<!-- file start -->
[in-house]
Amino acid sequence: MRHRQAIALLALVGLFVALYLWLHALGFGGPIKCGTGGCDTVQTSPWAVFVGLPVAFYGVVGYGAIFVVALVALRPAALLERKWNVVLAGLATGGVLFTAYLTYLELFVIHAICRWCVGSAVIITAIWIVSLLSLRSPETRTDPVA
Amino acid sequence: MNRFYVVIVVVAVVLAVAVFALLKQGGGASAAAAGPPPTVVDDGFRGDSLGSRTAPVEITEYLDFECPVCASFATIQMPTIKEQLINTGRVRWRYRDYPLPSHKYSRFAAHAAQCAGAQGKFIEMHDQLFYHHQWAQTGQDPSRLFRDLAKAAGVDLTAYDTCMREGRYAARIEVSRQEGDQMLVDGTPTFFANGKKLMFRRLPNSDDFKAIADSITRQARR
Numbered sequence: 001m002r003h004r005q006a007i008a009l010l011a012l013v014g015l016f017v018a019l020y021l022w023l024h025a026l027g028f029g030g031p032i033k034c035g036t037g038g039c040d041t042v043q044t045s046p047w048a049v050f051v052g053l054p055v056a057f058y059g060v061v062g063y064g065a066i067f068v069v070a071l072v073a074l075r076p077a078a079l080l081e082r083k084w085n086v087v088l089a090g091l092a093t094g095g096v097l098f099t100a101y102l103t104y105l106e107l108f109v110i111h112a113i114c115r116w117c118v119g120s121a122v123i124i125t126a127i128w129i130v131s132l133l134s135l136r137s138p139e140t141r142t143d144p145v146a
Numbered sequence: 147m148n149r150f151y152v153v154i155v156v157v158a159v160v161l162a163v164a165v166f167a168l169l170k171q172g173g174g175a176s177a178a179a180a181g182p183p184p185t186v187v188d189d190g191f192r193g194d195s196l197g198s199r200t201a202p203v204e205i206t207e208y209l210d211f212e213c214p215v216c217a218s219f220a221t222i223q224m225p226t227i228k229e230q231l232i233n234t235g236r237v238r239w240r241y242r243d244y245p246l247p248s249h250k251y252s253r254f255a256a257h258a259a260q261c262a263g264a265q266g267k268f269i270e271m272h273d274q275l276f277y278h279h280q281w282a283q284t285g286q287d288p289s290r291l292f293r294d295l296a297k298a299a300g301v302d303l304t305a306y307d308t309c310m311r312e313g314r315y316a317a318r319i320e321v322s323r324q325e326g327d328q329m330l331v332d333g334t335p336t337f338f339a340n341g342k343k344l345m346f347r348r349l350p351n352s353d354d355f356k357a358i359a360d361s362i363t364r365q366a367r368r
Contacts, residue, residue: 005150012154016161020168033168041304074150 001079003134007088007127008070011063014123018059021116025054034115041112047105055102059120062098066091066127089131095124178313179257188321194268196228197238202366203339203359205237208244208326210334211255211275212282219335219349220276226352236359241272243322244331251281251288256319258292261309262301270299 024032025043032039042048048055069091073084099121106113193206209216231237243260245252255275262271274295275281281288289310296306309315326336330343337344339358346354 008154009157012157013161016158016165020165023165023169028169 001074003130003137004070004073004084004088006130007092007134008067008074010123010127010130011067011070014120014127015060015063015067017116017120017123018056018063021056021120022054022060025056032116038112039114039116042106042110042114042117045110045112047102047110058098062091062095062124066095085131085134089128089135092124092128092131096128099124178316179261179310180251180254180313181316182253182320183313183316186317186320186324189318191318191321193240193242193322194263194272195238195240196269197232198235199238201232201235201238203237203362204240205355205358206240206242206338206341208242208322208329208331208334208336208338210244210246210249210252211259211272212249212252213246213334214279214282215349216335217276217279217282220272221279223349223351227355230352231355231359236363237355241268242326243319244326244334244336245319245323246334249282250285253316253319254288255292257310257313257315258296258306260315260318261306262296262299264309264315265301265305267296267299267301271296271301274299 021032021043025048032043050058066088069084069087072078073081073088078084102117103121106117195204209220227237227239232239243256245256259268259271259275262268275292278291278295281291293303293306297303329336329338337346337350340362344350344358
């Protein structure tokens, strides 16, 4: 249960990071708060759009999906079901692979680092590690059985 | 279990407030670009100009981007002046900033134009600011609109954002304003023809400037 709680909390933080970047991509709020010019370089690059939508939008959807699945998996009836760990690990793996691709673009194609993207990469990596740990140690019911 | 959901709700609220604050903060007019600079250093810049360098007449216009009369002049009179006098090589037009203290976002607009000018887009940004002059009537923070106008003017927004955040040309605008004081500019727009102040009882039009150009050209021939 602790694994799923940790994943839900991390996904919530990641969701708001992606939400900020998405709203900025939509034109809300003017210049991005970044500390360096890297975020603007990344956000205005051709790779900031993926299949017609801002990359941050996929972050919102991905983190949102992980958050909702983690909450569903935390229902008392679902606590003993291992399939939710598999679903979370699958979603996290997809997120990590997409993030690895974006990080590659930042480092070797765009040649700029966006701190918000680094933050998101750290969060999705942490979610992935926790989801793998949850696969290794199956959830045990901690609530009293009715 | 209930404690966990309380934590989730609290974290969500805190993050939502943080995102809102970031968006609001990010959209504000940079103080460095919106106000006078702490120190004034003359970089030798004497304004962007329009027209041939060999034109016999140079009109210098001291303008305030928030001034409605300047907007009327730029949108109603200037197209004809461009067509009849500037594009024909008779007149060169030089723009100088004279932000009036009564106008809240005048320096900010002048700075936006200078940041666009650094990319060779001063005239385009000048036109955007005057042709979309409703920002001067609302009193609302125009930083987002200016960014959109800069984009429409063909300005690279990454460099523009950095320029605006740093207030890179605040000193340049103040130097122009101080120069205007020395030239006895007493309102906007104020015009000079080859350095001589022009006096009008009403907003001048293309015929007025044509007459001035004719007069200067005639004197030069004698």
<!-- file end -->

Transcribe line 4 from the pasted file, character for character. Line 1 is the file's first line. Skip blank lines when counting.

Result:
Numbered sequence: 001m002r003h004r005q006a007i008a009l010l011a012l013v014g015l016f017v018a019l020y021l022w023l024h025a026l027g028f029g030g031p032i033k034c035g036t037g038g039c040d041t042v043q044t045s046p047w048a049v050f051v052g053l054p055v056a057f058y059g060v061v062g063y064g065a066i067f068v069v070a071l072v073a074l075r076p077a078a079l080l081e082r083k084w085n086v087v088l089a090g091l092a093t094g095g096v097l098f099t100a101y102l103t104y105l106e107l108f109v110i111h112a113i114c115r116w117c118v119g120s121a122v123i124i125t126a127i128w129i130v131s132l133l134s135l136r137s138p139e140t141r142t143d144p145v146a